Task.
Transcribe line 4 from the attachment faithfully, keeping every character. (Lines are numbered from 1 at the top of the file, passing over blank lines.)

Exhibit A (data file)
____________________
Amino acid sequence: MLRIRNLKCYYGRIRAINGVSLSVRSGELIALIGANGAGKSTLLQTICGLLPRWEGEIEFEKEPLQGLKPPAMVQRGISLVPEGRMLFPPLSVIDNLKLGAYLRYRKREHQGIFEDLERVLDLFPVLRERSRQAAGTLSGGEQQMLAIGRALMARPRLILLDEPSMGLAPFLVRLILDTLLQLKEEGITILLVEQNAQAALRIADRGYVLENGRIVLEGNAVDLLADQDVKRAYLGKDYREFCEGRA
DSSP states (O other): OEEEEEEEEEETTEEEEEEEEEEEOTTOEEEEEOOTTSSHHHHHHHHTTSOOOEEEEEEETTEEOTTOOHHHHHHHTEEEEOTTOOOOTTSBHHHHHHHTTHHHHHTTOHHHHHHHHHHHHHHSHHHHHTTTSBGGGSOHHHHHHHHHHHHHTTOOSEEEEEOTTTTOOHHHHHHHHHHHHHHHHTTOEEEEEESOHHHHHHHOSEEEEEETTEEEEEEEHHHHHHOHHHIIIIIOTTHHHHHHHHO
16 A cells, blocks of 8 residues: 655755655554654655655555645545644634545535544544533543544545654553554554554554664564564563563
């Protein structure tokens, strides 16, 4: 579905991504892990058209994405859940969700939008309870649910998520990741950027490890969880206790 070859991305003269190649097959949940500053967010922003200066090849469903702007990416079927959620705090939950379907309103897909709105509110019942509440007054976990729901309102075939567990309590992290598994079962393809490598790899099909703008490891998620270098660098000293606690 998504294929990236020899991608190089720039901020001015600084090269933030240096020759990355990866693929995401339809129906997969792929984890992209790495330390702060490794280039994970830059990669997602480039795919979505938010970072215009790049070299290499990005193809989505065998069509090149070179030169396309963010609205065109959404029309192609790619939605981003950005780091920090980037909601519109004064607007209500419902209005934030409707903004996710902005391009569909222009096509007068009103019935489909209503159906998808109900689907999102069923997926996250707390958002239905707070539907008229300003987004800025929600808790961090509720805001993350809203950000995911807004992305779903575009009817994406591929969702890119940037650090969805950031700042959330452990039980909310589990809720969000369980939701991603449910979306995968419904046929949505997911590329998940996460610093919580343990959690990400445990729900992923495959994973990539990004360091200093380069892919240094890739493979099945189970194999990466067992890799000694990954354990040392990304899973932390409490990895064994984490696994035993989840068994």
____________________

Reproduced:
């Protein structure tokens, strides 16, 4: 579905991504892990058209994405859940969700939008309870649910998520990741950027490890969880206790 070859991305003269190649097959949940500053967010922003200066090849469903702007990416079927959620705090939950379907309103897909709105509110019942509440007054976990729901309102075939567990309590992290598994079962393809490598790899099909703008490891998620270098660098000293606690 998504294929990236020899991608190089720039901020001015600084090269933030240096020759990355990866693929995401339809129906997969792929984890992209790495330390702060490794280039994970830059990669997602480039795919979505938010970072215009790049070299290499990005193809989505065998069509090149070179030169396309963010609205065109959404029309192609790619939605981003950005780091920090980037909601519109004064607007209500419902209005934030409707903004996710902005391009569909222009096509007068009103019935489909209503159906998808109900689907999102069923997926996250707390958002239905707070539907008229300003987004800025929600808790961090509720805001993350809203950000995911807004992305779903575009009817994406591929969702890119940037650090969805950031700042959330452990039980909310589990809720969000369980939701991603449910979306995968419904046929949505997911590329998940996460610093919580343990959690990400445990729900992923495959994973990539990004360091200093380069892919240094890739493979099945189970194999990466067992890799000694990954354990040392990304899973932390409490990895064994984490696994035993989840068994």